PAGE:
Jonathan Berg, aka “Dremel Junkie,” shares our love for the iMac G4. Rather than letting his old G4 waste away in some landfill, he decided to resurrect it by putting an Intel Ivy Bridge processor inside and using some hackery to get it running OS X Mountain Lion.
Even though there’s not much space inside the G4’s base, Jonathan was able to squeeze in a DVD burner, a Core i3 processor, and some other new internal upgrades without compromising the original design. If you’re not afraid of a soldering iron and a Dremel Moto tool, Jonathan made a video explaining how to create your own Ivy Bridge iMac G4 that you can watch below.
Apple CEO Tim Cook must provide a deposition in a lawsuit that claims the Cupertino company, along with other major firms in Silicon Valley, violated antitrust rules by entering into an agreement not to recruit each other’s employees. Apple’s lawyer, George Riley, had objected to the order handed out by U.S. District Judge Lucy Koh in San Jose, California, on Thursday.
LAS VEGAS, CES 2013 – There was a lot of nonsense being spouted at Intel’s presser today here in Las Vegas, but what isn’t nonsense is their next-generation Core chip technology, which could make a 20% lighter and thinner MacBook Air with 13-hour battery life a reality by the end of the year, or a Retina MacBook Pro with nine hours battery life. Wow.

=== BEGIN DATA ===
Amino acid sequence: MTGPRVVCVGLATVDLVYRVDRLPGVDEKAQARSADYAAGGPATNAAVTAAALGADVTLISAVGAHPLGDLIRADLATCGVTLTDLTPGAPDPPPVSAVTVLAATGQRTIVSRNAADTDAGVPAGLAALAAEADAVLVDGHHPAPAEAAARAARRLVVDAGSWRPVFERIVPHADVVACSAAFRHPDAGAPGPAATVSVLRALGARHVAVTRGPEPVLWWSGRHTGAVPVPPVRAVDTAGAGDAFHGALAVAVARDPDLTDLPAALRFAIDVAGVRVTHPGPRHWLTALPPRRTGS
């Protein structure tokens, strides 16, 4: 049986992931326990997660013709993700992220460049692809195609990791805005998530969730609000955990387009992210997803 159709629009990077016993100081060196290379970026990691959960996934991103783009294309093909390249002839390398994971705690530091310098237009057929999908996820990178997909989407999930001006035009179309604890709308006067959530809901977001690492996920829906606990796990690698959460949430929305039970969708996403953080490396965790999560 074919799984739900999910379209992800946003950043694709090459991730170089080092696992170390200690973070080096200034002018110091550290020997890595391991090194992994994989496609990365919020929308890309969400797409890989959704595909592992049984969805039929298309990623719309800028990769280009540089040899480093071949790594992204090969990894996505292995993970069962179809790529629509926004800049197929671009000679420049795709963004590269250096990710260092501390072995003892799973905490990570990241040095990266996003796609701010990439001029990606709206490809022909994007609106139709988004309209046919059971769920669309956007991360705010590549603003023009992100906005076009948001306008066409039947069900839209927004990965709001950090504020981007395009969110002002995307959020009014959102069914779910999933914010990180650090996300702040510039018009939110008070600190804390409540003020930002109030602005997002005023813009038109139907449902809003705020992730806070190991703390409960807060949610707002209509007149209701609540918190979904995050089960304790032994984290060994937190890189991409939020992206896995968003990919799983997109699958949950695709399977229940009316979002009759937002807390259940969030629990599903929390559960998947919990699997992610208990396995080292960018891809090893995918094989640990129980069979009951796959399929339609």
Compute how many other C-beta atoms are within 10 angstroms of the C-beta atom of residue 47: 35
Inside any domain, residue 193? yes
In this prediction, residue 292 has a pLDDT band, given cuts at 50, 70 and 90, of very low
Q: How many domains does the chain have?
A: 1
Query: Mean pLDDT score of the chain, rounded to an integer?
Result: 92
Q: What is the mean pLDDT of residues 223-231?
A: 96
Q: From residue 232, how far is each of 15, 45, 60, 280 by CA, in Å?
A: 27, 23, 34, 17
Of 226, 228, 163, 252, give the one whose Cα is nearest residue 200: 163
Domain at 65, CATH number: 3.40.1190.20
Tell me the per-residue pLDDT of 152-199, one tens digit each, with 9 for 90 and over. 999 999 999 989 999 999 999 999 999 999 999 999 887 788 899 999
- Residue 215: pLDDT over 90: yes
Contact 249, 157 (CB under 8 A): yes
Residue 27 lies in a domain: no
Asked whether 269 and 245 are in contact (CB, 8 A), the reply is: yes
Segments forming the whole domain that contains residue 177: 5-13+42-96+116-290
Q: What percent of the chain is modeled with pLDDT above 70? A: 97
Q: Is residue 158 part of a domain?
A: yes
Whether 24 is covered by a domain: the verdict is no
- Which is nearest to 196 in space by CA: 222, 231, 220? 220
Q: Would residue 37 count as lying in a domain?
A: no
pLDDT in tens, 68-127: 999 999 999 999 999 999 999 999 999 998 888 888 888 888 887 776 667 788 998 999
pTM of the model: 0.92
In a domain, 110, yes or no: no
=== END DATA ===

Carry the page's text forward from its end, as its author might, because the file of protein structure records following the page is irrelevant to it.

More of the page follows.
LAS VEGAS, CES 2013 – Everything you need to know about how Intel wants you to see them was summed up in a bizarre Ken Burns-style documentary that aired at the beginning of their CES presser, in which Intel compared their new ultrabook and tablet initiatives to Notre Dame’s use of the forward pass back in 1913 to utterly dominate the Army Cadets, a team considered much superior. The odd, old-timey documentary ended with a virtual CGI football hurtling at the screen, only to explode in a nuclear fireball just before it hit the camera. “WELCOME TO THE NEXT GAME CHANGER,” Intel blared.
If you know anything about the game in question, though, you know that Notre Dame didn’t actually invent the forward pass, though. They just swiped it from another team and popularized it.
So according to this analogy, who is Intel? They’re clearly Notre Dame, stealing another team’s moves. And that team is obviously Apple. Some game changer.
Next week at CES every tech company in the world is going to cram under one roof and show off all their products that they hope will change the world. Well every company except Apple that is.
Even though Apple won’t have a presence at CES this year, we’ll see their influence everywhere, from ultrabooks to smartphones. But the biggest influence Apple will have on CES 2013 is with a product they haven’t even released yet – the mythical iTV.
Everyone is scared of what will happen if Apple launches an iTV because it will give them a virtual monopoly on all consumer screens (smartphones, laptops, tablets, and televisions). So naturally we’re going to see a lot of Smart TVs as everyone attempts to predict what Apple’s going to do, and then try to get there first.